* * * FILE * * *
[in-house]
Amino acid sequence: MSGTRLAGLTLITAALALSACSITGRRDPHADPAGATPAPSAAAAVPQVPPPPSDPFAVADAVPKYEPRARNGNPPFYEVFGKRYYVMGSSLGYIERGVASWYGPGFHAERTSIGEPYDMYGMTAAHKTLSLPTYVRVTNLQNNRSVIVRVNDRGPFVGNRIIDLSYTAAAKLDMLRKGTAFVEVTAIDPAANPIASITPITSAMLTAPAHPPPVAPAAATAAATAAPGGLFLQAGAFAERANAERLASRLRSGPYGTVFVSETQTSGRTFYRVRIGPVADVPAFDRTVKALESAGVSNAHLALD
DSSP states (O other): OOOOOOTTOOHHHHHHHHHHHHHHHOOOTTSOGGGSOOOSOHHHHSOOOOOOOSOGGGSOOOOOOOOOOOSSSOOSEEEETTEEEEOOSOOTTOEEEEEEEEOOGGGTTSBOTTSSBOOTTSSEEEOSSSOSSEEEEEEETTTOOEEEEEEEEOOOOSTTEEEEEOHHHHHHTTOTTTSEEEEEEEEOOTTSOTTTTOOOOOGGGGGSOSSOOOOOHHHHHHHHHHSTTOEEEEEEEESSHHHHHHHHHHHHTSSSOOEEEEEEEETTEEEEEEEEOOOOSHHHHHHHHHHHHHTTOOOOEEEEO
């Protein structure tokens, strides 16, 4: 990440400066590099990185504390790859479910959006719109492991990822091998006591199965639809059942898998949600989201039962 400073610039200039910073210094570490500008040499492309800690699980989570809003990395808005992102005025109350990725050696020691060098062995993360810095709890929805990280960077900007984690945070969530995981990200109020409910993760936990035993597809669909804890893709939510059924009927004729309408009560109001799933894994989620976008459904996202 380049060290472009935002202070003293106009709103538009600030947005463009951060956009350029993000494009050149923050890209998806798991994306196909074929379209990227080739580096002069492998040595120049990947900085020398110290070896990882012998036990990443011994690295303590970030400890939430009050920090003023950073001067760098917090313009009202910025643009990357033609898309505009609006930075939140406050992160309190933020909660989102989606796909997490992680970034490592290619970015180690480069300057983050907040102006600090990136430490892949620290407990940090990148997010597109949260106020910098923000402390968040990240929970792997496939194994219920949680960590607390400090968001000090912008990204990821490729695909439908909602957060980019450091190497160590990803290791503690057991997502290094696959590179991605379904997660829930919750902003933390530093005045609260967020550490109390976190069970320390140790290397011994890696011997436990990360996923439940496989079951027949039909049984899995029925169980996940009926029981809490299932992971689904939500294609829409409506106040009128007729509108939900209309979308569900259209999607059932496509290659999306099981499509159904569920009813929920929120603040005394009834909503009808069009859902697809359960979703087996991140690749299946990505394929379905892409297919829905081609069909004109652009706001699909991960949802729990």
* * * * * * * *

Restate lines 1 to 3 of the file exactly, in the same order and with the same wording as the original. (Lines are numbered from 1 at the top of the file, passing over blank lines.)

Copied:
[in-house]
Amino acid sequence: MSGTRLAGLTLITAALALSACSITGRRDPHADPAGATPAPSAAAAVPQVPPPPSDPFAVADAVPKYEPRARNGNPPFYEVFGKRYYVMGSSLGYIERGVASWYGPGFHAERTSIGEPYDMYGMTAAHKTLSLPTYVRVTNLQNNRSVIVRVNDRGPFVGNRIIDLSYTAAAKLDMLRKGTAFVEVTAIDPAANPIASITPITSAMLTAPAHPPPVAPAAATAAATAAPGGLFLQAGAFAERANAERLASRLRSGPYGTVFVSETQTSGRTFYRVRIGPVADVPAFDRTVKALESAGVSNAHLALD
DSSP states (O other): OOOOOOTTOOHHHHHHHHHHHHHHHOOOTTSOGGGSOOOSOHHHHSOOOOOOOSOGGGSOOOOOOOOOOOSSSOOSEEEETTEEEEOOSOOTTOEEEEEEEEOOGGGTTSBOTTSSBOOTTSSEEEOSSSOSSEEEEEEETTTOOEEEEEEEEOOOOSTTEEEEEOHHHHHHTTOTTTSEEEEEEEEOOTTSOTTTTOOOOOGGGGGSOSSOOOOOHHHHHHHHHHSTTOEEEEEEEESSHHHHHHHHHHHHTSSSOOEEEEEEEETTEEEEEEEEOOOOSHHHHHHHHHHHHHTTOOOOEEEEO